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Reflection – Sitting in the Belly of the Whale

Jonah was a reluctant prophet to put it mildly.  In that short book of the bible, a mere four chapters, we read his story.  In the proclaimed excerpt, we do not hear of his initial reluctance to take on the task which God calls him to.  Jonah was the guy who ended up in the belly of the big fish, traditionally a whale, when he is thrown overboard by the sailors of the ship he has taken to elude God, in an attempt to quell the raging waves the sailors fear will capsize them.  Eventually, realizing during his time of reflection in the whale that he could not outrun God, he does what is asked of him – he goes to Nineveh, and delivers God’s message. 

Who are the Jonah’s for us today, and are we listening to them?  There is angst in the world, and since the New Year it seems to have become heavier.  We are now 10 months into a global pandemic, the rumblings of which began a year ago.  The ‘prophets’ of science tell what we must do to keep ourselves and those we love safe, and yet since January 1, there have been significant daily increases in the numbers of infection, even here in New Brunswick. To our south, we have seen political unrest the likes of which we had never expected to witness – the storming of a building that is sacred to their democracy by people who have been whipped into a frenzy by an egomaniac.  On-line chatter and social commentators warned that this was possible – those ‘prophets’ have been sharing their concern about the increasing audacity of far-right groups and warn that this may well be a Pandora’s box difficult to close.  Environmentalists, including Pope Francis, and a young Swedish girl are ‘prophets’ that warn that if we do not do something to counteract the effects of climate change, there will be irrevocable damage to the earth, yet we find it difficult to even separate our trash.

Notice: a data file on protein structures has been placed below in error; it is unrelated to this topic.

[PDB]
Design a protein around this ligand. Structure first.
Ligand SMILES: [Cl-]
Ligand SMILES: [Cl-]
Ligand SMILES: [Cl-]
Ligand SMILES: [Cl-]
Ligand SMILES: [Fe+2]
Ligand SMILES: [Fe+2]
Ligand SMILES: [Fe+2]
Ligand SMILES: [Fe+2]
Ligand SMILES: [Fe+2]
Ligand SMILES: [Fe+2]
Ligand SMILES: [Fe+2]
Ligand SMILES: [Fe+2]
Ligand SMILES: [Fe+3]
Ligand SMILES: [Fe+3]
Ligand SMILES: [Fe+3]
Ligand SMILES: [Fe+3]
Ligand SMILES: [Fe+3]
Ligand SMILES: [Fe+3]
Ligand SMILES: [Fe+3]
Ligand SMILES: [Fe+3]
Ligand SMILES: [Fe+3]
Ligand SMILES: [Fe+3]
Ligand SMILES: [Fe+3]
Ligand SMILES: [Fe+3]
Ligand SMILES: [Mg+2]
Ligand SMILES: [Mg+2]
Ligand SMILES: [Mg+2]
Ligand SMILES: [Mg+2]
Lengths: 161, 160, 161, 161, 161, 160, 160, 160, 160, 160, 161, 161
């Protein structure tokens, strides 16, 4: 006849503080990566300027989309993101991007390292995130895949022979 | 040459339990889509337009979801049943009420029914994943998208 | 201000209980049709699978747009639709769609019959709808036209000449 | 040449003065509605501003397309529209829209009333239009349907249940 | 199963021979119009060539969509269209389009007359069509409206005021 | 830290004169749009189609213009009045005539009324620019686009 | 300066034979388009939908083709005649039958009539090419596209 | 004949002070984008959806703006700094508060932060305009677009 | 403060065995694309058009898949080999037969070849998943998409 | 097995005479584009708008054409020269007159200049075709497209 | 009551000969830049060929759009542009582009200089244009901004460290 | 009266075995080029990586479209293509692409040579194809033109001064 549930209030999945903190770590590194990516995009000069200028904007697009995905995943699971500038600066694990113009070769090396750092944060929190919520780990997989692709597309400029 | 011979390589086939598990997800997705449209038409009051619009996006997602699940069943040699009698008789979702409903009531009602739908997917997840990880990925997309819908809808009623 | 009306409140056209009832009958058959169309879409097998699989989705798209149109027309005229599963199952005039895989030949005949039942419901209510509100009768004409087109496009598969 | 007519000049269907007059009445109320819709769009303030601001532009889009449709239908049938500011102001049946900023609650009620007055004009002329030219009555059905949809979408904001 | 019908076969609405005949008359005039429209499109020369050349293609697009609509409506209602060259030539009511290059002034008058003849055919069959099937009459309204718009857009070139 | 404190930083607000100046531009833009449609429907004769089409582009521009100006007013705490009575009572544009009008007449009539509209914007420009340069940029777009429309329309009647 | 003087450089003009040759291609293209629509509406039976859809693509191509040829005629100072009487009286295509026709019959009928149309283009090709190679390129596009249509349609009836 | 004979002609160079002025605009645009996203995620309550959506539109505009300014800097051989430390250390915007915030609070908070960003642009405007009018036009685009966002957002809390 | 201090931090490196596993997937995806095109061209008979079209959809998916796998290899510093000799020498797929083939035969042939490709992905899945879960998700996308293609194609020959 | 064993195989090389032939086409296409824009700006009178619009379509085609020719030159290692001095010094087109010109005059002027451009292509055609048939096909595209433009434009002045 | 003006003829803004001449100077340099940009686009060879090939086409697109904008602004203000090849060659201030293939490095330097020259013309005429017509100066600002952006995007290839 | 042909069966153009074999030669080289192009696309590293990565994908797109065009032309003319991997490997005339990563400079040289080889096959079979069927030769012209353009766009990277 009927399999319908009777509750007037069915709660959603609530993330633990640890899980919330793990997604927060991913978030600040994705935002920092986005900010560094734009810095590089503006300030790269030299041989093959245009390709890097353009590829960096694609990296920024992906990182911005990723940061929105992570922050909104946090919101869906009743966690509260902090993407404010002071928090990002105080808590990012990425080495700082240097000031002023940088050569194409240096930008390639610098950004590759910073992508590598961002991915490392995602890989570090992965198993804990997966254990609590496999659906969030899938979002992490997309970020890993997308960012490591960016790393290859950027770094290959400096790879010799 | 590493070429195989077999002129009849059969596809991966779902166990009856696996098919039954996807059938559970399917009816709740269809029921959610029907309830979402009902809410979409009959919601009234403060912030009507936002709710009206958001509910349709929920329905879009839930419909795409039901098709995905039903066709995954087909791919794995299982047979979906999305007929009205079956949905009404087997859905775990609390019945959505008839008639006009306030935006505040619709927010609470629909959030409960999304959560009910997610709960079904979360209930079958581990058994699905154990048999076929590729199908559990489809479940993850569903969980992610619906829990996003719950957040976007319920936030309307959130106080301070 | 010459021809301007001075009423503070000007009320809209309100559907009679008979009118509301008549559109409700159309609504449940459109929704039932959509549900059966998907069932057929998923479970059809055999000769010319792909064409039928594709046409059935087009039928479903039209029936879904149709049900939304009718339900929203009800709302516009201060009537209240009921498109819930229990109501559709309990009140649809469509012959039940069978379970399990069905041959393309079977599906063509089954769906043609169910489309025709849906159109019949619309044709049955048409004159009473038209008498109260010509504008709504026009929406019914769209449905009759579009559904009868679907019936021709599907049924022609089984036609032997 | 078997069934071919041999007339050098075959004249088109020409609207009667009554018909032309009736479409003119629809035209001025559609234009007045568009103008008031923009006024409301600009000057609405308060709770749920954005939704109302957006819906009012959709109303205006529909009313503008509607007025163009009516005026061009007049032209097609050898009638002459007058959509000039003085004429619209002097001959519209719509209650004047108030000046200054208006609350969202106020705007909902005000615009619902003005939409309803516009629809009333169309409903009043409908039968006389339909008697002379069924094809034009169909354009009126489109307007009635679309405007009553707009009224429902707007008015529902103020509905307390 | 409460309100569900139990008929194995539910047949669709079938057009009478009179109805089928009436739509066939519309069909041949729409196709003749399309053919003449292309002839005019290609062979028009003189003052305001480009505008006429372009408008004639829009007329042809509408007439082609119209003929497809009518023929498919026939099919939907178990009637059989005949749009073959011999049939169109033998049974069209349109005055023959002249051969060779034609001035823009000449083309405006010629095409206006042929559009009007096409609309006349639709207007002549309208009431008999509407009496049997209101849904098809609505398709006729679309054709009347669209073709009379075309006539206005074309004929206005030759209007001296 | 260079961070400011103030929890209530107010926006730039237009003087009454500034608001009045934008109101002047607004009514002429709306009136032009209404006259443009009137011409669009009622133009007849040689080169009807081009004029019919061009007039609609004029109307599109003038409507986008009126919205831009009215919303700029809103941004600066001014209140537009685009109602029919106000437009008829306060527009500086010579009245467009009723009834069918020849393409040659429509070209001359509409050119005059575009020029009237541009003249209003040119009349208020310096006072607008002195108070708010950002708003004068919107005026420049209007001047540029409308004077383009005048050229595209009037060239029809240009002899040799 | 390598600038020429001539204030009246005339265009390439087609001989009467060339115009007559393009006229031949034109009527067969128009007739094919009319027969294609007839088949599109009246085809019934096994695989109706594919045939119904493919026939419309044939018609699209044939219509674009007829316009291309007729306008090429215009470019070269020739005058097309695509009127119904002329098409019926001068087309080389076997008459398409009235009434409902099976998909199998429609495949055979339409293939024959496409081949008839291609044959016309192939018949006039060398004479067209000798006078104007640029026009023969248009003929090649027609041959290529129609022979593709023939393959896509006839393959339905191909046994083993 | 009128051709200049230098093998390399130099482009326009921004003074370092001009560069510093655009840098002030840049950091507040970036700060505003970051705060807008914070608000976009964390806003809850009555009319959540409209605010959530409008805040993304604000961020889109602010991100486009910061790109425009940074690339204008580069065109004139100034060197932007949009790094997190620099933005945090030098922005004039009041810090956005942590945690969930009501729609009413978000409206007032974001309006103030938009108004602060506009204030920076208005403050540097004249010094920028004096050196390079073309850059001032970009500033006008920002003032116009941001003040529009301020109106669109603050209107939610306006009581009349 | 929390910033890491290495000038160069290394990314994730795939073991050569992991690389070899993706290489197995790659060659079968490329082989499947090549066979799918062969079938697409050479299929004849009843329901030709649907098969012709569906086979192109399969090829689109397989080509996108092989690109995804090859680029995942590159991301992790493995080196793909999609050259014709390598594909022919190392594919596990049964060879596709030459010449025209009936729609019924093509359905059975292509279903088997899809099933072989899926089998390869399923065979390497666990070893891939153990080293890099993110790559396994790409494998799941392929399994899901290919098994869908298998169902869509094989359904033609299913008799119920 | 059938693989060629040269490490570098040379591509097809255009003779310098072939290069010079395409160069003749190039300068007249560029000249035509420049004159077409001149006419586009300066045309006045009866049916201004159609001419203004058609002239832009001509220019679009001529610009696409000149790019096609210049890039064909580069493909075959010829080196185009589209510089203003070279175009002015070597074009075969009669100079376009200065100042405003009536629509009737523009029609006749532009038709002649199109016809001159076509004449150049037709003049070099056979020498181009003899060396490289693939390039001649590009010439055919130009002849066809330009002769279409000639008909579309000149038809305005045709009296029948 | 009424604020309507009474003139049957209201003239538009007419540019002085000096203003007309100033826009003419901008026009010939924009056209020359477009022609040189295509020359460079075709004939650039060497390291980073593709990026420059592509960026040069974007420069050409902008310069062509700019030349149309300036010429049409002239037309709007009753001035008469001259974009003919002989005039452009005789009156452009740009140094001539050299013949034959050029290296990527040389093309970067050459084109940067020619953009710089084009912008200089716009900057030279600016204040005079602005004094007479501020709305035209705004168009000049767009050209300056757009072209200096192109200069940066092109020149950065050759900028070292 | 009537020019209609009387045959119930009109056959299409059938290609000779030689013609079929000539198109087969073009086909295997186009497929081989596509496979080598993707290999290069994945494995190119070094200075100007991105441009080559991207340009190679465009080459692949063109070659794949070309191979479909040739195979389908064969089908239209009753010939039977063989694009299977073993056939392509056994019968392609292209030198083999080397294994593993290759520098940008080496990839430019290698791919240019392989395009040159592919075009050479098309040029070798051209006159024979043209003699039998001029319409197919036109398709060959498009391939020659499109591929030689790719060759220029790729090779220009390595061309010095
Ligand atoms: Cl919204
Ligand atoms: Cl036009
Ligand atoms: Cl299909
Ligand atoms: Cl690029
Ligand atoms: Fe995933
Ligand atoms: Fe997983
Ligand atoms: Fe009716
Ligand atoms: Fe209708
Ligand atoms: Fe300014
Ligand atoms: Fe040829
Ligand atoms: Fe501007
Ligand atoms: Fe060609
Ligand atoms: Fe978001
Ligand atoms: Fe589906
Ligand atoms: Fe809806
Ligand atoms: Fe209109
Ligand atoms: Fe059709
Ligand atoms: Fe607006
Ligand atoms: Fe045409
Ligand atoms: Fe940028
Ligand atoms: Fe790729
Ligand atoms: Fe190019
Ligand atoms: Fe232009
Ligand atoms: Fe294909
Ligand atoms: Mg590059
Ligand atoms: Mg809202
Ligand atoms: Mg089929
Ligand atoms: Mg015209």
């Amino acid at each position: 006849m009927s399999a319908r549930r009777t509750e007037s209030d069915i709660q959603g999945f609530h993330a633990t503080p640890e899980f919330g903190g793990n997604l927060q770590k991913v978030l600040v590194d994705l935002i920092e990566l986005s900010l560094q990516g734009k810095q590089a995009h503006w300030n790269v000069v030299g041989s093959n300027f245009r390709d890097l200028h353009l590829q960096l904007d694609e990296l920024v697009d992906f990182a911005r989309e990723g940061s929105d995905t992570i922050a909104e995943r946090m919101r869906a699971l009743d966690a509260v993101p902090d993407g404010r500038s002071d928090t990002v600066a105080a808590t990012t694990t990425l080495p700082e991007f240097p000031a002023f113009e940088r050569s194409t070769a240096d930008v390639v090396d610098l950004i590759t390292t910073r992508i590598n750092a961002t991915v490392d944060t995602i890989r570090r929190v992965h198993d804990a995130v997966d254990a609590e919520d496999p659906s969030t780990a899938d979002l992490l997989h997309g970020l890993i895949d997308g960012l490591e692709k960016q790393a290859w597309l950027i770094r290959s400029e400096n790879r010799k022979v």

The people of Nineveh listened to their prophet, and “turned from their evil ways.”  We appear to find it much harder.  It’s a little like me and my commitment to healthy eating.  I know how to eat healthy; I know I will feel and look better when I eat healthy, and yet I continue to plow through the chocolate and potato chips.  Albert Einstein is believed to have said ‘Insanity: doing the same thing over and over again expecting different results.’   Are we all insane? 

Paul writes to the Corinthians, “The appointed time has grown short … the present form of the world is passing away.”  As I write this refection, we are less than 24 hours away from the swearing in of Joe Biden as the 46th president of the United States – a man as opposite to the one who presently holds that office as you are likely to find.  But he is one man … and if we and the American people are pinning our hopes on one man to make changes that need to be made, we are going to be deeply disappointed.  We all have changes to make … we all need to take time in the belly of the whale and reflect on how our choices may contribute to the world’s anxiety.  And then, we, even if we are as reluctant as Jonah, need to make those changes.   

Ellen Bennett
Office of Faith Development, Archdiocese of Moncton

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